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• Rare books by Charles Babbage, the 19th century mathematician considered by some to be a "father of the computer."

The items from the Traub-McCorduck Collection will be added to the University Libraries Special Collections. The University Archives, also housed in the Libraries, contains the papers of Traub and McCorduck, as well as noted computer science pioneers Allen Newell and Herb Simon, who worked alongside Traub in the department.

A pioneering computer scientist who led Carnegie Mellon's Computer Science Department during a crucial period in its history, Traub, who died in 2015, went on to found the computer science department at Columbia University. McCorduck is an author of influential books on artificial intelligence.

"As the second chair of what was then CMU's Computer Science Department, Joe's career eventually took him back to his alma mater, Columbia, but he never lost his deep loyalty, affection and admiration for CMU," McCorduck said. "Moreover, for one of the best schools of computer science in the world, a collection of ancestral machines seems a good marker of where the field has come from.”

According to Ralph Simpson of the Computer History Museum in Mountain View, California, and the Cipher History Museum in San Jose, California, some 35,000 Engima machines were manufactured, but only 350 are known to exist today. Simpson said the National Security Agency is home to 21 machines and some 18 U.S. institutions, including CMU, have them in their collections. They include places such as the International Museum of World War II, the Smithsonian, the International Spy Museum, the Computer History Museum, Chicago’s Museum of Science & Industry and the U.S. Air Force and Naval academies.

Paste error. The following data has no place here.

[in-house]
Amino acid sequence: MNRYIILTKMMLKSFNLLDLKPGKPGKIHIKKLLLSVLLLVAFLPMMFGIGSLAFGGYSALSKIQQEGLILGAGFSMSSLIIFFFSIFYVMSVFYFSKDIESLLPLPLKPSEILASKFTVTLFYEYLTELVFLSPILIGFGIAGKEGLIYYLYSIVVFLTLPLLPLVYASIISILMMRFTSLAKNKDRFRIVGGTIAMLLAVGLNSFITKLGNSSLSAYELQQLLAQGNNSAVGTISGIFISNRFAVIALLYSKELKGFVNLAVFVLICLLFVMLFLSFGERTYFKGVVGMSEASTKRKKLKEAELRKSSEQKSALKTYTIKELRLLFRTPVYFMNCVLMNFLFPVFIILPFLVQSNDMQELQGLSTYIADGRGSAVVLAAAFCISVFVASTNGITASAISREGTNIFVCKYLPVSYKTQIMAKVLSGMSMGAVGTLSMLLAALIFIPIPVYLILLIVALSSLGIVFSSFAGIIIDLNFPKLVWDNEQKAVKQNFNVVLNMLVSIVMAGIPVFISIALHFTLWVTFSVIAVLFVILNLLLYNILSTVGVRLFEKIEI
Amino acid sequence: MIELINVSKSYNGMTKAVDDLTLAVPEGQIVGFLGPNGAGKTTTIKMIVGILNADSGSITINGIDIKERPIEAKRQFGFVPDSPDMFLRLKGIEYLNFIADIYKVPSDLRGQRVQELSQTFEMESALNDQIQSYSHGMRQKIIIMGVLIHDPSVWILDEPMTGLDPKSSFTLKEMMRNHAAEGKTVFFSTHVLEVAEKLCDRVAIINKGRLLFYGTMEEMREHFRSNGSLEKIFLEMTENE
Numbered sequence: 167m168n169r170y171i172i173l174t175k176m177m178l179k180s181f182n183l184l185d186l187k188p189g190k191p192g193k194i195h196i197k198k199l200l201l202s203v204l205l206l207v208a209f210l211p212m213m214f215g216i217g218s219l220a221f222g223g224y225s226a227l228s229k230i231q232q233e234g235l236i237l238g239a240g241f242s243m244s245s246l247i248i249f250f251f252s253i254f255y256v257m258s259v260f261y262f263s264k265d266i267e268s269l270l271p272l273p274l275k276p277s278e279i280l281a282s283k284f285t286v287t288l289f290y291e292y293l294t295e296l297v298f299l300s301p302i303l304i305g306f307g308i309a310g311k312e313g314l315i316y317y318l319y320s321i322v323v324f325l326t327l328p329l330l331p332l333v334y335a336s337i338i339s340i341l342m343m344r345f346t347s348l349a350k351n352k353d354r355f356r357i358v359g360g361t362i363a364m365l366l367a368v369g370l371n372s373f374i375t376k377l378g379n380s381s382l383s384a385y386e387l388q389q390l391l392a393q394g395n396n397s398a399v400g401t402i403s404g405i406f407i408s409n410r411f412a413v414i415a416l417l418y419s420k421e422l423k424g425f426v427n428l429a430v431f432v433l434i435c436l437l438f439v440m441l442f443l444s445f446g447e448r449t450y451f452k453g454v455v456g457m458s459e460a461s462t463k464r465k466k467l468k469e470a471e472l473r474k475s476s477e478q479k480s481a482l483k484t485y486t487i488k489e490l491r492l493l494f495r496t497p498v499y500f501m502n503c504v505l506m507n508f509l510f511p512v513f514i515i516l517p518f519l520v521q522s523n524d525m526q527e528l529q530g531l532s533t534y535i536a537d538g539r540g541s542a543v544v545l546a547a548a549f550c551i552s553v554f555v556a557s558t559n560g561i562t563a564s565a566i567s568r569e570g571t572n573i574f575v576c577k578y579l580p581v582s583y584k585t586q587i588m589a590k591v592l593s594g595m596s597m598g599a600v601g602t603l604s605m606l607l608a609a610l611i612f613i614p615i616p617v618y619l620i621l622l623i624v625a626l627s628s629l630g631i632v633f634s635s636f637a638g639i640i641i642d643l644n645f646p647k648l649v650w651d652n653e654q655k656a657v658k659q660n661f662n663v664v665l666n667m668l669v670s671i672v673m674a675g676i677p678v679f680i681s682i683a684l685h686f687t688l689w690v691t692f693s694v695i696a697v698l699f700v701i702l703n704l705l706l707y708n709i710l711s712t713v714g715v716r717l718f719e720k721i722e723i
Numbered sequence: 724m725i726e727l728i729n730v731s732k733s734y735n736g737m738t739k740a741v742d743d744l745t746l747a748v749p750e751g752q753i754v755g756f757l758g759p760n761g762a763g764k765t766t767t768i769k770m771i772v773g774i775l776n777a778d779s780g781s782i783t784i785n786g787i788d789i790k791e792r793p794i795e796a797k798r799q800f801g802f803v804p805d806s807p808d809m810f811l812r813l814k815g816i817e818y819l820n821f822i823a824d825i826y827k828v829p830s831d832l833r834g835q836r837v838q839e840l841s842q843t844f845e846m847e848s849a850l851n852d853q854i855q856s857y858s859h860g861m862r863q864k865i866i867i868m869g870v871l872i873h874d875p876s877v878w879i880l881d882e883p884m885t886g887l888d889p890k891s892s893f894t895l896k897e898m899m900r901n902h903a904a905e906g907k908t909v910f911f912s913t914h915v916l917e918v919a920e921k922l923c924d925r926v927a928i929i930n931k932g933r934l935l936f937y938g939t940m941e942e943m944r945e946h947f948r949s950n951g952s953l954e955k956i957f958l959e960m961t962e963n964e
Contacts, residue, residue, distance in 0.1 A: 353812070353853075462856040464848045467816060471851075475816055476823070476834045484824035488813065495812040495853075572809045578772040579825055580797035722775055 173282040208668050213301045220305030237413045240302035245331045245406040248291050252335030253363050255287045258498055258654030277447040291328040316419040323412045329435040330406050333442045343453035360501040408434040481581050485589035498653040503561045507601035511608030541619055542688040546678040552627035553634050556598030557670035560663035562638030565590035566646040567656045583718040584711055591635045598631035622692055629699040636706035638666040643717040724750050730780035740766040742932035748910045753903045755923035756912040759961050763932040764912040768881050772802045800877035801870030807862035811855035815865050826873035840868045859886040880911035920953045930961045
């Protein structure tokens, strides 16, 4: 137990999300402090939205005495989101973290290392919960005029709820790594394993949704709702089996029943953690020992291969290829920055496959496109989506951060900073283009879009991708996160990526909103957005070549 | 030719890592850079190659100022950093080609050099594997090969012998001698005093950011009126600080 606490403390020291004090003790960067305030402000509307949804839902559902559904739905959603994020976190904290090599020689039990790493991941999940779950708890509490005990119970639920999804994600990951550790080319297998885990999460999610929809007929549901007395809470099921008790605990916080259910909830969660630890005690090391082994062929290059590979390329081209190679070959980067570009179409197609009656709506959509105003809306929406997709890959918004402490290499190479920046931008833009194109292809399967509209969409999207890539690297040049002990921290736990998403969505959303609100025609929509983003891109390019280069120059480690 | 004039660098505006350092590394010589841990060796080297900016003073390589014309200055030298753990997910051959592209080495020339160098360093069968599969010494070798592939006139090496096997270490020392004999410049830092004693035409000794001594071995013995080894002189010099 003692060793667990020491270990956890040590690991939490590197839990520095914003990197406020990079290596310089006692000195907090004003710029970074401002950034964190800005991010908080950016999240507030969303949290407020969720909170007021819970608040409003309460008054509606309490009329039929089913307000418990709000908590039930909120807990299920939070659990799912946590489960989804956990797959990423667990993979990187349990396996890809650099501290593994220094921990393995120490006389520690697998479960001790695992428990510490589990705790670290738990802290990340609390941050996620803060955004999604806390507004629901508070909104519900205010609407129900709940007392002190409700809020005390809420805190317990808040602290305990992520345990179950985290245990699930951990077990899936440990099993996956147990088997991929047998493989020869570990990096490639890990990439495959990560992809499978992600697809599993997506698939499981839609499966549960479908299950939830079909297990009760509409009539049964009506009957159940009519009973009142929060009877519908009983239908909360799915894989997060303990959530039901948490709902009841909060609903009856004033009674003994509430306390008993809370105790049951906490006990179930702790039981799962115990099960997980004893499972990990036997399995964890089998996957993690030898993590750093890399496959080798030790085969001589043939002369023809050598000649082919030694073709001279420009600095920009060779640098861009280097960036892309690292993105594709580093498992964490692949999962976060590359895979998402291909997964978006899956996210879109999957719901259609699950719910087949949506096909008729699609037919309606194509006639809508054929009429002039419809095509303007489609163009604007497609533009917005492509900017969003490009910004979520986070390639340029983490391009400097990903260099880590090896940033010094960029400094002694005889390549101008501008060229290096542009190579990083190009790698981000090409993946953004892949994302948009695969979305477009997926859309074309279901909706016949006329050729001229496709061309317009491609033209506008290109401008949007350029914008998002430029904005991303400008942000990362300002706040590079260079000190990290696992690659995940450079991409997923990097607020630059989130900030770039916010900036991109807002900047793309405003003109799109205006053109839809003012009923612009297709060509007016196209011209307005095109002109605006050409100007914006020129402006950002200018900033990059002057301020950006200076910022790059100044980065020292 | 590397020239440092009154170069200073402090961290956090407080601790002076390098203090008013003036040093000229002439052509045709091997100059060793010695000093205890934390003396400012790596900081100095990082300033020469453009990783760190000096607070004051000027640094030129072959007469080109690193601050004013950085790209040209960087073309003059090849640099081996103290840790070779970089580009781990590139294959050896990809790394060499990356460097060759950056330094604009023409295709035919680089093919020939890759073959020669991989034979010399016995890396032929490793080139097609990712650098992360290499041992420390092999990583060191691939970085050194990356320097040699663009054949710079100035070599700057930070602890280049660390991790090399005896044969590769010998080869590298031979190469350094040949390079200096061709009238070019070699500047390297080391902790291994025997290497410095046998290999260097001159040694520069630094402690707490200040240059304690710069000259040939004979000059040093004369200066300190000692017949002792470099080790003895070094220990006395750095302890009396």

Submitted by Shannon Riffe, Carnegie Mellon University Libraries

Gettysburg College Hosts World War I Exhibit Gettysburg, PA—Special Collections and College Archives,

Musselman Library, Gettysburg College recently opened a new, yearlong exhibit entitled “Beyond Futility: Expectation and Impact of the First World War.” The exhibit explores the First World War as a transformational experience for many, Gettysburg College alumni included. Through documents, photographs, and artifacts from the collections of Gettysburg College, the Adams County Historical Society, and private collections, Beyond Futility focuses on the creativity and adaptations that soldiers and civilians expressed on the Western Front and how the War followed these men and women home, impacting their perspectives and prospects. It was curated by College Archivist, Amy Lucadamo, in consultation with Dr. Ian A. Isherwood, Visiting Assistant Professor and Chairperson of Civil War Era Studies.

Beyond Futility is free and open to the public from January 30 – December 18, 2018. Exhibit hours are Monday-Friday 1-5 p.m. and Tuesday and Wednesday evenings 6-9 p.m., all other times by appointment.

Submitted by Amy Lucadamo, Gettysburg College Beyond Futility is open until December 18. (Image courtesy of Musselman Library, Gettysburg College)

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Penn State University Libraries News Penn State Librarian Named as Library Senior Fellow at UCLA